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What's in a name — Pikachu, Beikaciu, Pikaqiu?

Since I began writing blogs for Language Log around ten years ago, I have never received so many tips on what to write about as I have in response to the furor that has arisen over Nintendo's plan to change the Chinese names for some of the characters in their immensely popular Pokémon (ポケモン < Pokettomonsutā ポケットモンスター ["Pocket Monster"]) game series.

For example, much loved Pikachu (Pikachū ピカチュウ) was originally called Bei2kaat1ciu1 比卡超 in Hong Kong, which is very close to its Japanese name, Pikachu.  But now Nintendo wants to get rid of Bei2kaat1ciu1 比卡超 and force the people of Hong Kong to use the Mandarin name Píkǎqiū 皮卡丘.  This same policy extends to more than a hundred Pokemon characters, who will be renamed in accordance with Mandarin transcriptions.  You can imagine how alien that will sound to Cantonese speakers who have grown up with Pokemon characters having Cantonese names now to lose those intimate appellations in favor of names that have a Mandarin ring to them.

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Nothing to fear but… what?

In advance of tonight's Game 7 in the NBA Western Conference finals between the Golden State Warriors and the Oklahoma City Thunder, the New York Times recalls a similar Game 7 faced by the Chicago Bulls in 1998:

That spring, the top-seeded Bulls were taken to a seventh game by the Indiana Pacers in the Eastern Conference finals. Between Games 6 and 7, the Bulls’ coach, Phil Jackson, huddled with his players and told them not to fear failing.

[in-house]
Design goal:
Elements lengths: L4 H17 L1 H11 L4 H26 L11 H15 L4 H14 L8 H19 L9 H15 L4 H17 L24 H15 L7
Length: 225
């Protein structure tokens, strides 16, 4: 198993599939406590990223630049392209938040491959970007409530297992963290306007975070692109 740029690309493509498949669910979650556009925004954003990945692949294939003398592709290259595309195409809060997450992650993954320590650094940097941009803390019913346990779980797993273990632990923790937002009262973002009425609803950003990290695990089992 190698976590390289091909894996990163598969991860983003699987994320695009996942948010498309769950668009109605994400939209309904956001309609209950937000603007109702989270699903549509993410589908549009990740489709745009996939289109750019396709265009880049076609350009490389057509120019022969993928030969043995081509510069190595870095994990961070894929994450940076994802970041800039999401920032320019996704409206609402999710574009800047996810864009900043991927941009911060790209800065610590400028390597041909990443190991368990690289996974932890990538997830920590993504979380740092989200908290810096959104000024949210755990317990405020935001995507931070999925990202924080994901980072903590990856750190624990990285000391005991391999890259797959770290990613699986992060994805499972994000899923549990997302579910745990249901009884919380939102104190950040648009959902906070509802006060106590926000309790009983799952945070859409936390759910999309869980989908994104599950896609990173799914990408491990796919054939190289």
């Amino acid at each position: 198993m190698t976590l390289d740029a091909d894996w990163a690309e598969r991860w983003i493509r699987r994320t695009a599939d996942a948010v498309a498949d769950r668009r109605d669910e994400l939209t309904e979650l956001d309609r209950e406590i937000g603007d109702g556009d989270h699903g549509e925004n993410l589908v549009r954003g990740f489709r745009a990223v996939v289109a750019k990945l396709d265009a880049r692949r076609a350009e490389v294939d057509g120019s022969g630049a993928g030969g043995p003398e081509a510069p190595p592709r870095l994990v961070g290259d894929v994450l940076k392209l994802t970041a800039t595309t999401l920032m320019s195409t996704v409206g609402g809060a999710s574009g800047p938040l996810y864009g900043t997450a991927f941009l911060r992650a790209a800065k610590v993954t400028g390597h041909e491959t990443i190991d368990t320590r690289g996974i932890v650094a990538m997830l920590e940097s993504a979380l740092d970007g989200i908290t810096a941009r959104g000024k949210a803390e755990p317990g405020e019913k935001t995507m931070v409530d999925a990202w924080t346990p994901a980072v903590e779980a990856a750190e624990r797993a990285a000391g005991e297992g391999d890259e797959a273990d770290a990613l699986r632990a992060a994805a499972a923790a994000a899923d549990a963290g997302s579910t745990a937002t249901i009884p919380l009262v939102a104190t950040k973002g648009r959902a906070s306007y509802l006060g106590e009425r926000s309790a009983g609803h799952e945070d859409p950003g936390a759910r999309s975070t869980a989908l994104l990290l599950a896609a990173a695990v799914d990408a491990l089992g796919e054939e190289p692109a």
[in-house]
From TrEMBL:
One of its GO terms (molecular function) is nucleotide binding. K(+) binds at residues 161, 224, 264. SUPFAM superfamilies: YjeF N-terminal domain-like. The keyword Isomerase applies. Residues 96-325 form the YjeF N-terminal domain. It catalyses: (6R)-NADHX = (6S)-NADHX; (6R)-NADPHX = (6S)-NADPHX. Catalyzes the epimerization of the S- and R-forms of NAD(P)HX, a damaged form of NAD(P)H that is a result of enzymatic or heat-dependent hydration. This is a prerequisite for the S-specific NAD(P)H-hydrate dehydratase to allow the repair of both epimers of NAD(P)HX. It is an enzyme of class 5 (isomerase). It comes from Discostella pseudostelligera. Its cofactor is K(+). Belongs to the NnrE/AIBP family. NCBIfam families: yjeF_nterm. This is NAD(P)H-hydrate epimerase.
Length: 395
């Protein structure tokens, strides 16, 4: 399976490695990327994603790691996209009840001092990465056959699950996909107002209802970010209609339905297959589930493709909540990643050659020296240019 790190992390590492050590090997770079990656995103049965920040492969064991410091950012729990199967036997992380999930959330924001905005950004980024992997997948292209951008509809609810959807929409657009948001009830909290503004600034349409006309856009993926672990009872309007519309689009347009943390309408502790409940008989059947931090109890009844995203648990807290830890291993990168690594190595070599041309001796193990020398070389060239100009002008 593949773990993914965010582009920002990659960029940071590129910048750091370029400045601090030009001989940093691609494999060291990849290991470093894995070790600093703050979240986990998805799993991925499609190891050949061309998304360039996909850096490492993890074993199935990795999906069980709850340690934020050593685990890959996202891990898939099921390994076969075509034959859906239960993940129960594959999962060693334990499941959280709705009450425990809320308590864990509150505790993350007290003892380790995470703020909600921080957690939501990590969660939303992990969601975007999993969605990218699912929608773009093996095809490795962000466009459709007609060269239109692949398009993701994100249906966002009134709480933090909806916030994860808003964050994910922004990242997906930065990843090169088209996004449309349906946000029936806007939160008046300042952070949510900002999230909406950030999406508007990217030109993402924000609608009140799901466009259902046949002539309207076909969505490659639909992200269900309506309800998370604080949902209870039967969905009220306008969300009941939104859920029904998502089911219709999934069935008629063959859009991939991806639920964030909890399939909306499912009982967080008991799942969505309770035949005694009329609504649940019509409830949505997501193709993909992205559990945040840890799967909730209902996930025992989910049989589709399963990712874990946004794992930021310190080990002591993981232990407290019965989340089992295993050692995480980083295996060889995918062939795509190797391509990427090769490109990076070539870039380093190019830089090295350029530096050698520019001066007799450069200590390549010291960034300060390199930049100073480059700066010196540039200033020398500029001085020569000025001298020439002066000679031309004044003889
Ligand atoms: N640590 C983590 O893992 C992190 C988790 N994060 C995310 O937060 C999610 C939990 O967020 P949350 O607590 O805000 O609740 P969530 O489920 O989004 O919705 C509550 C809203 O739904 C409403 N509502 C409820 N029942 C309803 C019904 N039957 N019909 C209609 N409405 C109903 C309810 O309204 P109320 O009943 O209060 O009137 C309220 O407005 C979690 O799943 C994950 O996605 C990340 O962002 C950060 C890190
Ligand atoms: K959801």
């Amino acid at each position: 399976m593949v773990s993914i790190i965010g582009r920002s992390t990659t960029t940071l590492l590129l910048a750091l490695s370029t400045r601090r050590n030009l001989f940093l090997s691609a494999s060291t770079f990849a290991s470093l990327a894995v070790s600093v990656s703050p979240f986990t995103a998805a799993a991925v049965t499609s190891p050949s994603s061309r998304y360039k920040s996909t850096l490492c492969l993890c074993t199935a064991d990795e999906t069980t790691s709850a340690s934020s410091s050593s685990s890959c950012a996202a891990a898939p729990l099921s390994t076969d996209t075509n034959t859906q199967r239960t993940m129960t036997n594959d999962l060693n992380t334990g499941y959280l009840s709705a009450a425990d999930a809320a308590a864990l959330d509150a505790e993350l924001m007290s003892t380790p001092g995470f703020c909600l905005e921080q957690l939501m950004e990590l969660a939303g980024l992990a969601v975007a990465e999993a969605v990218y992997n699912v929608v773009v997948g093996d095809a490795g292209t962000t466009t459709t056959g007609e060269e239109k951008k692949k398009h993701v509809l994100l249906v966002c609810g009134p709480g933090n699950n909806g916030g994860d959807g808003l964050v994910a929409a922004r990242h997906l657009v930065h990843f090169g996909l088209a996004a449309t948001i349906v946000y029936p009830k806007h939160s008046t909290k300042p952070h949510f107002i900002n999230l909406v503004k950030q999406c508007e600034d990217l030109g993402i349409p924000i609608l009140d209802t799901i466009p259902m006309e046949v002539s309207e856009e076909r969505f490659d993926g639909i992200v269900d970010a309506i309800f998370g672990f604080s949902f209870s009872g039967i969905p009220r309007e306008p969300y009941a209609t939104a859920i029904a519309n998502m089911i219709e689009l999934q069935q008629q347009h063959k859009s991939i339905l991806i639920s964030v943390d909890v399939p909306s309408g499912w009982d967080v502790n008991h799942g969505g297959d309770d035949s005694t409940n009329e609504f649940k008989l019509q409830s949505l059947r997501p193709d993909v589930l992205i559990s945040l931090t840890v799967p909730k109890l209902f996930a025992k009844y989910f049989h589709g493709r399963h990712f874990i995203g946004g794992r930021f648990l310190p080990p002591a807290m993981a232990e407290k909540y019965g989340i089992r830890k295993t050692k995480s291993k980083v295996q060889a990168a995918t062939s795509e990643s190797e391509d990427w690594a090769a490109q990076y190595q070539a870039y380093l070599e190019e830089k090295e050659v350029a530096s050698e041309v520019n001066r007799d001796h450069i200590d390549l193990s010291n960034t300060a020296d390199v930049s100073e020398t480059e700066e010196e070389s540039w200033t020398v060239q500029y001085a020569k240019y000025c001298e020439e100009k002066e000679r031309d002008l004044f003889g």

“The fear is not losing,” Jackson told them. “The fear is not producing the effort needed.”

Phil Jackson is notoriously enigmatic (they don't call him the Zen master for nothing), but this pronouncement is particularly tough to unpack.

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Writing Shanghainese

The recent discussion of different ways of writing Chinese reminded Jeff K of two books of Shanghai expressions that he had come across.  See here for scans of a few pages.

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The uses of Hanyu pinyin

Hànyǔ pīnyīn 汉语拼音 ("Sinitic Spelling") is the official romanization of the PRC.  It also comes with an official orthography which provides guidelines for word separation, punctuation, and how to deal with grammatical constructions.  An English translation of the basic orthographical rules by John Rohsenow can be found at the back of the various editions of the ABC Chinese-English Dictionary from the University of Hawai'i Press.

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Too cool!

I suppose it's been around for at least 5-10 years, but I just encountered the expression "tài shuǎng le 太爽了" in the English informal sense of "cool!".  With 409,000 ghits, it seems to be fairly widespread, though not all of those ghits are to the informal sense of the English word (see the numbered items below for a variety of other meanings for this expression).

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Of precious swords and Old Sinitic reconstructions, part 4

Previous posts in the series:

As mentioned before, the following post is not about a sword or other type of weapon per se, but in terms of its ancient Eurasian outlook, it arguably belongs in the series: